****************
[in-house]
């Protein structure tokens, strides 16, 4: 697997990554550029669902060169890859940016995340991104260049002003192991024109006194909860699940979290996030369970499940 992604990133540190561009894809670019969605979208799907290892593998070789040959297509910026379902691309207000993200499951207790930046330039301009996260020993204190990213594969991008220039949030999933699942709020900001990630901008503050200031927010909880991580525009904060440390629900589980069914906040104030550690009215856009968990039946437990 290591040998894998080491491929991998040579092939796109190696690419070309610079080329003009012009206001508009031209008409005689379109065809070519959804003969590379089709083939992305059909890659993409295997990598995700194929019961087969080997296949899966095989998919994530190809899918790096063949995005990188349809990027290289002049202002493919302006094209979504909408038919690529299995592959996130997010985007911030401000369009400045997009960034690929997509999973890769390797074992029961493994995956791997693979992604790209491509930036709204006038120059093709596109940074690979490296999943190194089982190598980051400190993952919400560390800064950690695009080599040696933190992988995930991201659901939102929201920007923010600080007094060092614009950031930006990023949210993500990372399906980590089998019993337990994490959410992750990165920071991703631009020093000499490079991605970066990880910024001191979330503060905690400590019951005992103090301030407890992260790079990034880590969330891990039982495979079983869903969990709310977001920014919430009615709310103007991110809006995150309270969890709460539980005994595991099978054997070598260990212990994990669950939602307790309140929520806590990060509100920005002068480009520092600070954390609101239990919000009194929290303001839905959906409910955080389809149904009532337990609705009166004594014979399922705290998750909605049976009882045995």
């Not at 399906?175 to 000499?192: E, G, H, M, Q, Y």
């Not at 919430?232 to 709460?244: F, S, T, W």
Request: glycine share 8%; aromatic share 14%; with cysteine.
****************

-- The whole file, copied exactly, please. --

[in-house]
């Protein structure tokens, strides 16, 4: 697997990554550029669902060169890859940016995340991104260049002003192991024109006194909860699940979290996030369970499940 992604990133540190561009894809670019969605979208799907290892593998070789040959297509910026379902691309207000993200499951207790930046330039301009996260020993204190990213594969991008220039949030999933699942709020900001990630901008503050200031927010909880991580525009904060440390629900589980069914906040104030550690009215856009968990039946437990 290591040998894998080491491929991998040579092939796109190696690419070309610079080329003009012009206001508009031209008409005689379109065809070519959804003969590379089709083939992305059909890659993409295997990598995700194929019961087969080997296949899966095989998919994530190809899918790096063949995005990188349809990027290289002049202002493919302006094209979504909408038919690529299995592959996130997010985007911030401000369009400045997009960034690929997509999973890769390797074992029961493994995956791997693979992604790209491509930036709204006038120059093709596109940074690979490296999943190194089982190598980051400190993952919400560390800064950690695009080599040696933190992988995930991201659901939102929201920007923010600080007094060092614009950031930006990023949210993500990372399906980590089998019993337990994490959410992750990165920071991703631009020093000499490079991605970066990880910024001191979330503060905690400590019951005992103090301030407890992260790079990034880590969330891990039982495979079983869903969990709310977001920014919430009615709310103007991110809006995150309270969890709460539980005994595991099978054997070598260990212990994990669950939602307790309140929520806590990060509100920005002068480009520092600070954390609101239990919000009194929290303001839905959906409910955080389809149904009532337990609705009166004594014979399922705290998750909605049976009882045995």
């Not at 399906?175 to 000499?192: E, G, H, M, Q, Y």
């Not at 919430?232 to 709460?244: F, S, T, W």
Request: glycine share 8%; aromatic share 14%; with cysteine.